Coadys named Cooperator of Year
Don and Patricia Coady of rural Lawton have been named Cooperator of the Year by the local office of Natural Resources Conservation Service (NRCS) and Comanche County Conservation District.
David Kuntz, who manages the conservation district, cited them as examples of those rare individuals who are willing to spend their own money to improve their property, although they do participate from time to time in government assistance programs like the Environmental Quality Incentives Program (EQIP) and the Conservation Stewardship Program (CSP).
Both Patricia and Don were longtime employees of Southwestern Bell Telephone Co. and AT&T. Patricia cycled through several jobs in her 39 years: operator services, clerk in the plant department, then the central office and finally outside for the remaining 26 years, climbing poles to restore service after outages. Don started out as a lineman. Later he was an installer/repairman, a cable repairman and a pay phone repairman and then finished out his 37 years as just a repairman because he could see pay phones were becoming a thing of the past.
Prompted by their girls' love of horses, they bought a quarter section southwest of Lawton in 1999 while they were still working for the phone company. The place was planted in wheat at the time, dotted with mesquite and had only an old hay shed with no sides. They turned all the wheat into grass and native pasture land, increased the number of ponds from two to seven with their own funds, replaced all the fences, cross-fenced to divide the property into five pastures with one or two ponds each, and enclosed the shed. Don designed the house where they now live, and they've put up outdoor lights where there was none before.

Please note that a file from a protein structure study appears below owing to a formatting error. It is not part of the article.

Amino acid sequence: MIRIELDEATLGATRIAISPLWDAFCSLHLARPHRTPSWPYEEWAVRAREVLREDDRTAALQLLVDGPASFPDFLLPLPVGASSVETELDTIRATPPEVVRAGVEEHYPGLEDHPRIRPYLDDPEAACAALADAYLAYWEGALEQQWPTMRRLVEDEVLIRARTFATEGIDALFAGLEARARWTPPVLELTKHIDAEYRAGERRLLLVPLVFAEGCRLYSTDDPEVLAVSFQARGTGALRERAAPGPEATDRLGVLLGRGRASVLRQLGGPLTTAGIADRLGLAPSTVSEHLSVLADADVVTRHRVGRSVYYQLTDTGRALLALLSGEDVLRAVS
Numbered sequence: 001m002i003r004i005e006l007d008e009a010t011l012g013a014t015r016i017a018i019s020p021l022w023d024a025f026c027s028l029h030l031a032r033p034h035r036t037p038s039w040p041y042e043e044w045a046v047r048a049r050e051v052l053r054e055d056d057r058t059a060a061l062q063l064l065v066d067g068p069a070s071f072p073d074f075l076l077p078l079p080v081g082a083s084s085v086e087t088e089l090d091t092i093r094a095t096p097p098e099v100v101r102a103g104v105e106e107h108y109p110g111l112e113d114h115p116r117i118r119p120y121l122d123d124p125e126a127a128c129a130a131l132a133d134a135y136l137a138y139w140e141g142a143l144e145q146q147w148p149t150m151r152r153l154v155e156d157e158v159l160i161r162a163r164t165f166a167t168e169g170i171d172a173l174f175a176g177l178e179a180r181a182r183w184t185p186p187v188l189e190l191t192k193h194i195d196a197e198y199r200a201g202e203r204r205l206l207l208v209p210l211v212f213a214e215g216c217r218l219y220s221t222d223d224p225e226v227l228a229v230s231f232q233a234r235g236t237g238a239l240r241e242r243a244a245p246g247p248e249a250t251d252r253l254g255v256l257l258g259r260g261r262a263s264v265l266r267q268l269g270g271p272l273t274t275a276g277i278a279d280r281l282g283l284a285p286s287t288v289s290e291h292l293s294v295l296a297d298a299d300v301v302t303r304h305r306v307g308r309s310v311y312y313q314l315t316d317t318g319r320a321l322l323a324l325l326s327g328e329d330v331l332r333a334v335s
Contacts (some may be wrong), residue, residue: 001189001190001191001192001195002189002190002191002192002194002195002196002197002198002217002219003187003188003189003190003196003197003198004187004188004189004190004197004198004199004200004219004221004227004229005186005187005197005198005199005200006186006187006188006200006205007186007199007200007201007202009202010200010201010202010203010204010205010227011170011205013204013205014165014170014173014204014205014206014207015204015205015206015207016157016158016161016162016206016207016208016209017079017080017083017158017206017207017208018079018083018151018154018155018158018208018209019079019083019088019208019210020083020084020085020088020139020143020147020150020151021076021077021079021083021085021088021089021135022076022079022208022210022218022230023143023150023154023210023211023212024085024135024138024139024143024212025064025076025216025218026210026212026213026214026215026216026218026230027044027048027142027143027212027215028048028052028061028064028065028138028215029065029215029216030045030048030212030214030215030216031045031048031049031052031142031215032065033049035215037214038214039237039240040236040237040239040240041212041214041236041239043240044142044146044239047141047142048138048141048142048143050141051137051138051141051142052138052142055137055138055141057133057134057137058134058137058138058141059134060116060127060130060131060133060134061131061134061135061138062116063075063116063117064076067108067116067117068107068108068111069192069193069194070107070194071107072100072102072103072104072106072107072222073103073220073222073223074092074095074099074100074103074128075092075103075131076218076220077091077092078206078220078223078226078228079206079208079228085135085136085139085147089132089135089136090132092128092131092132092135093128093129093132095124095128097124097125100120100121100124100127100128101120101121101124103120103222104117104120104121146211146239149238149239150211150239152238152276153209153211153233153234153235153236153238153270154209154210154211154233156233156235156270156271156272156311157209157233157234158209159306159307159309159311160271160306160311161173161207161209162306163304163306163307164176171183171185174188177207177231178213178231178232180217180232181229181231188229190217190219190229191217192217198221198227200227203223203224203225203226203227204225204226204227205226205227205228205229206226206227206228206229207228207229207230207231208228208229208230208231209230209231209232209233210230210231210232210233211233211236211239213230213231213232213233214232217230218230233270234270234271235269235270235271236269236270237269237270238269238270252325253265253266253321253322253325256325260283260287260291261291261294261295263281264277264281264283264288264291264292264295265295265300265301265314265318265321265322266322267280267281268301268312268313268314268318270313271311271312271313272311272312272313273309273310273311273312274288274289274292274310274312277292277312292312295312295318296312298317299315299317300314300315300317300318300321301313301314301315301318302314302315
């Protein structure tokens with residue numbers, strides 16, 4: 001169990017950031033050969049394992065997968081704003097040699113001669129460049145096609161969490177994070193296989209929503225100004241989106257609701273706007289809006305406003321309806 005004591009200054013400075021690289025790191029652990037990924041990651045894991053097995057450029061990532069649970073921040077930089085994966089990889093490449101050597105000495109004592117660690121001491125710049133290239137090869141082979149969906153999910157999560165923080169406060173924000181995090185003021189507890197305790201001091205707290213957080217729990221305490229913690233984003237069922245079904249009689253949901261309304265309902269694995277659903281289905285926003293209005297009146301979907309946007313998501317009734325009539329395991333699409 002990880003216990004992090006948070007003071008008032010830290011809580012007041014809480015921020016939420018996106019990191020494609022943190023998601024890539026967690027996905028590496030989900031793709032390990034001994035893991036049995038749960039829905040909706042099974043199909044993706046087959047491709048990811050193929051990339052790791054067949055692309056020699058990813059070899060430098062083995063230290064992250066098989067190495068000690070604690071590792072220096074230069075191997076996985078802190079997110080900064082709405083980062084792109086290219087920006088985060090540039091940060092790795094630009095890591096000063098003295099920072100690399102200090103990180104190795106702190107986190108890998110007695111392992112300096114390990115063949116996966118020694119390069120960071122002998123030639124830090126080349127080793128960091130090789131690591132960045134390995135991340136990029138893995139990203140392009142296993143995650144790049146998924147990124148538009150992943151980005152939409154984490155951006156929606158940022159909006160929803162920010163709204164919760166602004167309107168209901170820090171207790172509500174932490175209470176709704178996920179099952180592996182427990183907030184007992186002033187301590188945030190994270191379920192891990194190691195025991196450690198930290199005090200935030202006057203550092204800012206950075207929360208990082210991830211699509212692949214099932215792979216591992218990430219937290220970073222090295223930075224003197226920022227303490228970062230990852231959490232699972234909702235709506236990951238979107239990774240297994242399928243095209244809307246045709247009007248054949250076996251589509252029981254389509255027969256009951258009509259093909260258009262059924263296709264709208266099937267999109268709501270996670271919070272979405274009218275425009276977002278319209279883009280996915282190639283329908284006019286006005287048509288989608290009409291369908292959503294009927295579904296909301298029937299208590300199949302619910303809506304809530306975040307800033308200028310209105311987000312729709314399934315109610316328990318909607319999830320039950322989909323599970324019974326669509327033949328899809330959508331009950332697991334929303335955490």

"The east half is a combination of Bermuda and native, and then most of the west half is where we sprigged Bermuda and got that going," Don said. They used EQIP's help to sprig 80 acres in Bermuda.
Just this year, they bought another 12 acres across the road. It's all fenced now, and if Comanche County gets rain this spring they plan to convert it from wheat to Bermuda, too, which will help them raise cattle.
When they were still working for AT&T they raised Texas longhorns because they're "easy keepers." They mainly sold those as roping cattle, but a lot of the roping fell off when the cost of fuel skyrocketed. That's when they switched to Angus cattle.
They sold all their cattle in 2010, the first of four straight years of drought, because hay was so hard to come by. A 4-foot round bale cost $100, and they might have to drive 300 miles to get any. Once they got back home and broke one of the bales open to find a whole cow pelvic bone inside.